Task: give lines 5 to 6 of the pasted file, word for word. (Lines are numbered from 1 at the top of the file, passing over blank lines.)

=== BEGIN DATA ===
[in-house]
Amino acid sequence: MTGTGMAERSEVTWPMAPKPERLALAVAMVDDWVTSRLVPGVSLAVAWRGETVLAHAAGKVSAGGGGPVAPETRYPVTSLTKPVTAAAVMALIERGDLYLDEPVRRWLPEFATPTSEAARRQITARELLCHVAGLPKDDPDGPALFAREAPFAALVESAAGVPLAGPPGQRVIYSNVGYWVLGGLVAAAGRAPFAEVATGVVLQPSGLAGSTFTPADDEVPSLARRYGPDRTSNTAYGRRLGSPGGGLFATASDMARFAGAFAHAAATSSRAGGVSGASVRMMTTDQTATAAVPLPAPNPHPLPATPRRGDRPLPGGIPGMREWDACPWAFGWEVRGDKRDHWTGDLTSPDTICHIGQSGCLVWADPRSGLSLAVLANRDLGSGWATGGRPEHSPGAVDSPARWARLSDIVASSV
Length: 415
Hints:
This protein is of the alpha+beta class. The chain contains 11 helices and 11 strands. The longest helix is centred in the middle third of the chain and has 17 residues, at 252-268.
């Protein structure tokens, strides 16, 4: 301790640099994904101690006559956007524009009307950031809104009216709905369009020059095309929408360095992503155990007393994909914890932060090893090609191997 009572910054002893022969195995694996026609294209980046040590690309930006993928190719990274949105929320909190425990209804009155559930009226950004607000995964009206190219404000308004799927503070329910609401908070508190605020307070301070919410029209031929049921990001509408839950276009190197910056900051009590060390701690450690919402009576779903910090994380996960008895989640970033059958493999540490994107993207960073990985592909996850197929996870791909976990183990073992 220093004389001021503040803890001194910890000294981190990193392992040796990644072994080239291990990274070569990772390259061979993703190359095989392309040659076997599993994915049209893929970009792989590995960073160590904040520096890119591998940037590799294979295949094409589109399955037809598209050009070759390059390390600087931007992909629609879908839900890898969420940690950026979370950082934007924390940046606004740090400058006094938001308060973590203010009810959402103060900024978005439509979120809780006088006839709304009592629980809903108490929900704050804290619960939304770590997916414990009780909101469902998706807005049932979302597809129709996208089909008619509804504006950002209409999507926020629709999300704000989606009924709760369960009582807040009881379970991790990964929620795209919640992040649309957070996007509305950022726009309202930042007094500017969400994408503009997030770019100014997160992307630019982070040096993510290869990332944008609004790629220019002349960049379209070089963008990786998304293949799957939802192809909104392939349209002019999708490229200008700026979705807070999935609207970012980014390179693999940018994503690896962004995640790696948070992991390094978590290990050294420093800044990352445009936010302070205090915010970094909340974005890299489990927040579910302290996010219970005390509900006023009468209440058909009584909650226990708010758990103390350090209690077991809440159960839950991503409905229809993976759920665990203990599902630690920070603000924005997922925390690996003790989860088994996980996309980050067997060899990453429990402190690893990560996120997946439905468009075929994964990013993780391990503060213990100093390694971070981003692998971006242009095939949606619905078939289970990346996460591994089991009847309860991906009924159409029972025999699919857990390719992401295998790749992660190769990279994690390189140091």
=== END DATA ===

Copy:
This protein is of the alpha+beta class. The chain contains 11 helices and 11 strands. The longest helix is centred in the middle third of the chain and has 17 residues, at 252-268.
């Protein structure tokens, strides 16, 4: 301790640099994904101690006559956007524009009307950031809104009216709905369009020059095309929408360095992503155990007393994909914890932060090893090609191997 009572910054002893022969195995694996026609294209980046040590690309930006993928190719990274949105929320909190425990209804009155559930009226950004607000995964009206190219404000308004799927503070329910609401908070508190605020307070301070919410029209031929049921990001509408839950276009190197910056900051009590060390701690450690919402009576779903910090994380996960008895989640970033059958493999540490994107993207960073990985592909996850197929996870791909976990183990073992 220093004389001021503040803890001194910890000294981190990193392992040796990644072994080239291990990274070569990772390259061979993703190359095989392309040659076997599993994915049209893929970009792989590995960073160590904040520096890119591998940037590799294979295949094409589109399955037809598209050009070759390059390390600087931007992909629609879908839900890898969420940690950026979370950082934007924390940046606004740090400058006094938001308060973590203010009810959402103060900024978005439509979120809780006088006839709304009592629980809903108490929900704050804290619960939304770590997916414990009780909101469902998706807005049932979302597809129709996208089909008619509804504006950002209409999507926020629709999300704000989606009924709760369960009582807040009881379970991790990964929620795209919640992040649309957070996007509305950022726009309202930042007094500017969400994408503009997030770019100014997160992307630019982070040096993510290869990332944008609004790629220019002349960049379209070089963008990786998304293949799957939802192809909104392939349209002019999708490229200008700026979705807070999935609207970012980014390179693999940018994503690896962004995640790696948070992991390094978590290990050294420093800044990352445009936010302070205090915010970094909340974005890299489990927040579910302290996010219970005390509900006023009468209440058909009584909650226990708010758990103390350090209690077991809440159960839950991503409905229809993976759920665990203990599902630690920070603000924005997922925390690996003790989860088994996980996309980050067997060899990453429990402190690893990560996120997946439905468009075929994964990013993780391990503060213990100093390694971070981003692998971006242009095939949606619905078939289970990346996460591994089991009847309860991906009924159409029972025999699919857990390719992401295998790749992660190769990279994690390189140091």